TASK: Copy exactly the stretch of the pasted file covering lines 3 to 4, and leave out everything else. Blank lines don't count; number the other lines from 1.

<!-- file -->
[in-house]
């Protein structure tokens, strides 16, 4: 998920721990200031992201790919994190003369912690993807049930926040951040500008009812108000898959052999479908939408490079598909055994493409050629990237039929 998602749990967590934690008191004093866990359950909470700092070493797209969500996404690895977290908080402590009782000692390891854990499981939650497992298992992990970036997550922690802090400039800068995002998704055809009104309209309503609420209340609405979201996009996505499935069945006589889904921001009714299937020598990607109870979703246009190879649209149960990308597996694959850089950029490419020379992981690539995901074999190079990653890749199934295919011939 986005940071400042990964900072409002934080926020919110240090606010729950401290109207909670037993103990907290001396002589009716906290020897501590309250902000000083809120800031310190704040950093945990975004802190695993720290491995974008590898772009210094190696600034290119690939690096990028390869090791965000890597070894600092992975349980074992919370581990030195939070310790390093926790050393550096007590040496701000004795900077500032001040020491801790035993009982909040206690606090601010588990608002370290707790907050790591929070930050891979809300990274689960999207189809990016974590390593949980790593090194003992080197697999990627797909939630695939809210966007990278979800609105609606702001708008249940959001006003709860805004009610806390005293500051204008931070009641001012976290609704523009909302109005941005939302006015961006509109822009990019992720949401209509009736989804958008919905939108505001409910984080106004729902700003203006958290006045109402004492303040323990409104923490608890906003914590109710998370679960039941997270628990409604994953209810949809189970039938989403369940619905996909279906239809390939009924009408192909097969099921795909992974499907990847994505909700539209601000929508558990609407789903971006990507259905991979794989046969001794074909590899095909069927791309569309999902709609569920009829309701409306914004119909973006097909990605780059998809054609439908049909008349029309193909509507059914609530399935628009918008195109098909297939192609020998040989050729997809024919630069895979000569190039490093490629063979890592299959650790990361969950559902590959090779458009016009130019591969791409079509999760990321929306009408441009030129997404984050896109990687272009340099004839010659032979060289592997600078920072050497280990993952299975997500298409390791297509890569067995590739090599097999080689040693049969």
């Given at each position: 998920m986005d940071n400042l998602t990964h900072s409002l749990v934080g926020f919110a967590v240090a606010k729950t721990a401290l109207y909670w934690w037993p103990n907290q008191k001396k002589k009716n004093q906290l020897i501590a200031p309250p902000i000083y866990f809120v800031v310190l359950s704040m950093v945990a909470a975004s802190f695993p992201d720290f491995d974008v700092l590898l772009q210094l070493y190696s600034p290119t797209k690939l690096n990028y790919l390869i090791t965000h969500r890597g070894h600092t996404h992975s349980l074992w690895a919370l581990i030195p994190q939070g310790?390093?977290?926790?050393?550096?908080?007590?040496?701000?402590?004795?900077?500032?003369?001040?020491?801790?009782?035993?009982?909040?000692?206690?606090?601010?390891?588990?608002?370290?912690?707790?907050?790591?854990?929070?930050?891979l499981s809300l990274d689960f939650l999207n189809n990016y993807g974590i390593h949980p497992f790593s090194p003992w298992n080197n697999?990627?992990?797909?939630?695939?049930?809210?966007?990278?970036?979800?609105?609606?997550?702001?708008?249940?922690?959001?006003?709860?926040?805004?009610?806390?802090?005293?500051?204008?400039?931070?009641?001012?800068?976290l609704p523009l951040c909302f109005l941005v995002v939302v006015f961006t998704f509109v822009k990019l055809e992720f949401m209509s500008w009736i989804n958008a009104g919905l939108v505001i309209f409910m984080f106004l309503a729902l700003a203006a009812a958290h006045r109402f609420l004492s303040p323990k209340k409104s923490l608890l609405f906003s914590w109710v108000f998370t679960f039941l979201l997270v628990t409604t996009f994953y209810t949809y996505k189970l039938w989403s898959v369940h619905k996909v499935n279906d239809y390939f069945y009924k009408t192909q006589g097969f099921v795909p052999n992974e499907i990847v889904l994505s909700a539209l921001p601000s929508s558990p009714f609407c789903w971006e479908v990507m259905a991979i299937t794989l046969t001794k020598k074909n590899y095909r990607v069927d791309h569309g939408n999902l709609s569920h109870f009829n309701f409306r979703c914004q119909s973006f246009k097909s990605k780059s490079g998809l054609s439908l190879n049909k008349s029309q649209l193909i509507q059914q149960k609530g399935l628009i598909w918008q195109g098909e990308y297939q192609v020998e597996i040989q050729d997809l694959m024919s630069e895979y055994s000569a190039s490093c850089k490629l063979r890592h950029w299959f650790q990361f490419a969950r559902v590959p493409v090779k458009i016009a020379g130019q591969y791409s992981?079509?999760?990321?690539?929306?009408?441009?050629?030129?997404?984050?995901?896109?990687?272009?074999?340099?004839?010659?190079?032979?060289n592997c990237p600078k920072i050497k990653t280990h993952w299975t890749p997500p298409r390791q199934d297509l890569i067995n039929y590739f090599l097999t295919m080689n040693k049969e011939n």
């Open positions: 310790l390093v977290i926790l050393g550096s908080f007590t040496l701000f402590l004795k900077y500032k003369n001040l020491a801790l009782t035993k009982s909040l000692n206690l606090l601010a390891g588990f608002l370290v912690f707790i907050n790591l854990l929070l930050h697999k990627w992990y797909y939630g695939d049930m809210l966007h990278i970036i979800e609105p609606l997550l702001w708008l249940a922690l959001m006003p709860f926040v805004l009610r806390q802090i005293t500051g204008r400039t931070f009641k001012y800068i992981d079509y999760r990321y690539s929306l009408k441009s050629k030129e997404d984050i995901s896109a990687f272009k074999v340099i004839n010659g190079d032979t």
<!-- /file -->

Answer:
């Given at each position: 998920m986005d940071n400042l998602t990964h900072s409002l749990v934080g926020f919110a967590v240090a606010k729950t721990a401290l109207y909670w934690w037993p103990n907290q008191k001396k002589k009716n004093q906290l020897i501590a200031p309250p902000i000083y866990f809120v800031v310190l359950s704040m950093v945990a909470a975004s802190f695993p992201d720290f491995d974008v700092l590898l772009q210094l070493y190696s600034p290119t797209k690939l690096n990028y790919l390869i090791t965000h969500r890597g070894h600092t996404h992975s349980l074992w690895a919370l581990i030195p994190q939070g310790?390093?977290?926790?050393?550096?908080?007590?040496?701000?402590?004795?900077?500032?003369?001040?020491?801790?009782?035993?009982?909040?000692?206690?606090?601010?390891?588990?608002?370290?912690?707790?907050?790591?854990?929070?930050?891979l499981s809300l990274d689960f939650l999207n189809n990016y993807g974590i390593h949980p497992f790593s090194p003992w298992n080197n697999?990627?992990?797909?939630?695939?049930?809210?966007?990278?970036?979800?609105?609606?997550?702001?708008?249940?922690?959001?006003?709860?926040?805004?009610?806390?802090?005293?500051?204008?400039?931070?009641?001012?800068?976290l609704p523009l951040c909302f109005l941005v995002v939302v006015f961006t998704f509109v822009k990019l055809e992720f949401m209509s500008w009736i989804n958008a009104g919905l939108v505001i309209f409910m984080f106004l309503a729902l700003a203006a009812a958290h006045r109402f609420l004492s303040p323990k209340k409104s923490l608890l609405f906003s914590w109710v108000f998370t679960f039941l979201l997270v628990t409604t996009f994953y209810t949809y996505k189970l039938w989403s898959v369940h619905k996909v499935n279906d239809y390939f069945y009924k009408t192909q006589g097969f099921v795909p052999n992974e499907i990847v889904l994505s909700a539209l921001p601000s929508s558990p009714f609407c789903w971006e479908v990507m259905a991979i299937t794989l046969t001794k020598k074909n590899y095909r990607v069927d791309h569309g939408n999902l709609s569920h109870f009829n309701f409306r979703c914004q119909s973006f246009k097909s990605k780059s490079g998809l054609s439908l190879n049909k008349s029309q649209l193909i509507q059914q149960k609530g399935l628009i598909w918008q195109g098909e990308y297939q192609v020998e597996i040989q050729d997809l694959m024919s630069e895979y055994s000569a190039s490093c850089k490629l063979r890592h950029w299959f650790q990361f490419a969950r559902v590959p493409v090779k458009i016009a020379g130019q591969y791409s992981?079509?999760?990321?690539?929306?009408?441009?050629?030129?997404?984050?995901?896109?990687?272009?074999?340099?004839?010659?190079?032979?060289n592997c990237p600078k920072i050497k990653t280990h993952w299975t890749p997500p298409r390791q199934d297509l890569i067995n039929y590739f090599l097999t295919m080689n040693k049969e011939n």
């Open positions: 310790l390093v977290i926790l050393g550096s908080f007590t040496l701000f402590l004795k900077y500032k003369n001040l020491a801790l009782t035993k009982s909040l000692n206690l606090l601010a390891g588990f608002l370290v912690f707790i907050n790591l854990l929070l930050h697999k990627w992990y797909y939630g695939d049930m809210l966007h990278i970036i979800e609105p609606l997550l702001w708008l249940a922690l959001m006003p709860f926040v805004l009610r806390q802090i005293t500051g204008r400039t931070f009641k001012y800068i992981d079509y999760r990321y690539s929306l009408k441009s050629k030129e997404d984050i995901s896109a990687f272009k074999v340099i004839n010659g190079d032979t």